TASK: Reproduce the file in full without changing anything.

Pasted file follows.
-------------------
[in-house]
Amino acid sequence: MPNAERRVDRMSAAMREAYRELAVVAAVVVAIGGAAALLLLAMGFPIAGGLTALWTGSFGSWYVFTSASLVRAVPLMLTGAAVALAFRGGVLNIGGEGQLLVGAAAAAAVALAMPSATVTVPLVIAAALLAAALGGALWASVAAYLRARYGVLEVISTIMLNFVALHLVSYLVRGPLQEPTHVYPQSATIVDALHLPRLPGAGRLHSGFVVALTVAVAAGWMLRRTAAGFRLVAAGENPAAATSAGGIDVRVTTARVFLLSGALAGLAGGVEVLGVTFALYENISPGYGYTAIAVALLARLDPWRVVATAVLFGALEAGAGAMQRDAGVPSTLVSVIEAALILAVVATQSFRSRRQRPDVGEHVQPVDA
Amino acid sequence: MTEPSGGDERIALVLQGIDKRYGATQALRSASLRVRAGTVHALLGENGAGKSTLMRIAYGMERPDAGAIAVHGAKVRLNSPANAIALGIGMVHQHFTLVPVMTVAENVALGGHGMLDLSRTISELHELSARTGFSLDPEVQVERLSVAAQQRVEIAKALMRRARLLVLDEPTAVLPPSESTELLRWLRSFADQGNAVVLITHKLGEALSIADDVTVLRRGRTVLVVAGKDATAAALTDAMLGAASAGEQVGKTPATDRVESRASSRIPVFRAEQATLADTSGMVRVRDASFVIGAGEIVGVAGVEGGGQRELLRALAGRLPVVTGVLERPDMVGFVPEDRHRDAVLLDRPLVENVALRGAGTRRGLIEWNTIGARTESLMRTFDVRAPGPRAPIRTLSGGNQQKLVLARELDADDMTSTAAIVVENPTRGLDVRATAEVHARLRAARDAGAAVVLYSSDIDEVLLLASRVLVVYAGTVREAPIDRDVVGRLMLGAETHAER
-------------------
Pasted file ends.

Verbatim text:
[in-house]
Amino acid sequence: MPNAERRVDRMSAAMREAYRELAVVAAVVVAIGGAAALLLLAMGFPIAGGLTALWTGSFGSWYVFTSASLVRAVPLMLTGAAVALAFRGGVLNIGGEGQLLVGAAAAAAVALAMPSATVTVPLVIAAALLAAALGGALWASVAAYLRARYGVLEVISTIMLNFVALHLVSYLVRGPLQEPTHVYPQSATIVDALHLPRLPGAGRLHSGFVVALTVAVAAGWMLRRTAAGFRLVAAGENPAAATSAGGIDVRVTTARVFLLSGALAGLAGGVEVLGVTFALYENISPGYGYTAIAVALLARLDPWRVVATAVLFGALEAGAGAMQRDAGVPSTLVSVIEAALILAVVATQSFRSRRQRPDVGEHVQPVDA
Amino acid sequence: MTEPSGGDERIALVLQGIDKRYGATQALRSASLRVRAGTVHALLGENGAGKSTLMRIAYGMERPDAGAIAVHGAKVRLNSPANAIALGIGMVHQHFTLVPVMTVAENVALGGHGMLDLSRTISELHELSARTGFSLDPEVQVERLSVAAQQRVEIAKALMRRARLLVLDEPTAVLPPSESTELLRWLRSFADQGNAVVLITHKLGEALSIADDVTVLRRGRTVLVVAGKDATAAALTDAMLGAASAGEQVGKTPATDRVESRASSRIPVFRAEQATLADTSGMVRVRDASFVIGAGEIVGVAGVEGGGQRELLRALAGRLPVVTGVLERPDMVGFVPEDRHRDAVLLDRPLVENVALRGAGTRRGLIEWNTIGARTESLMRTFDVRAPGPRAPIRTLSGGNQQKLVLARELDADDMTSTAAIVVENPTRGLDVRATAEVHARLRAARDAGAAVVLYSSDIDEVLLLASRVLVVYAGTVREAPIDRDVVGRLMLGAETHAER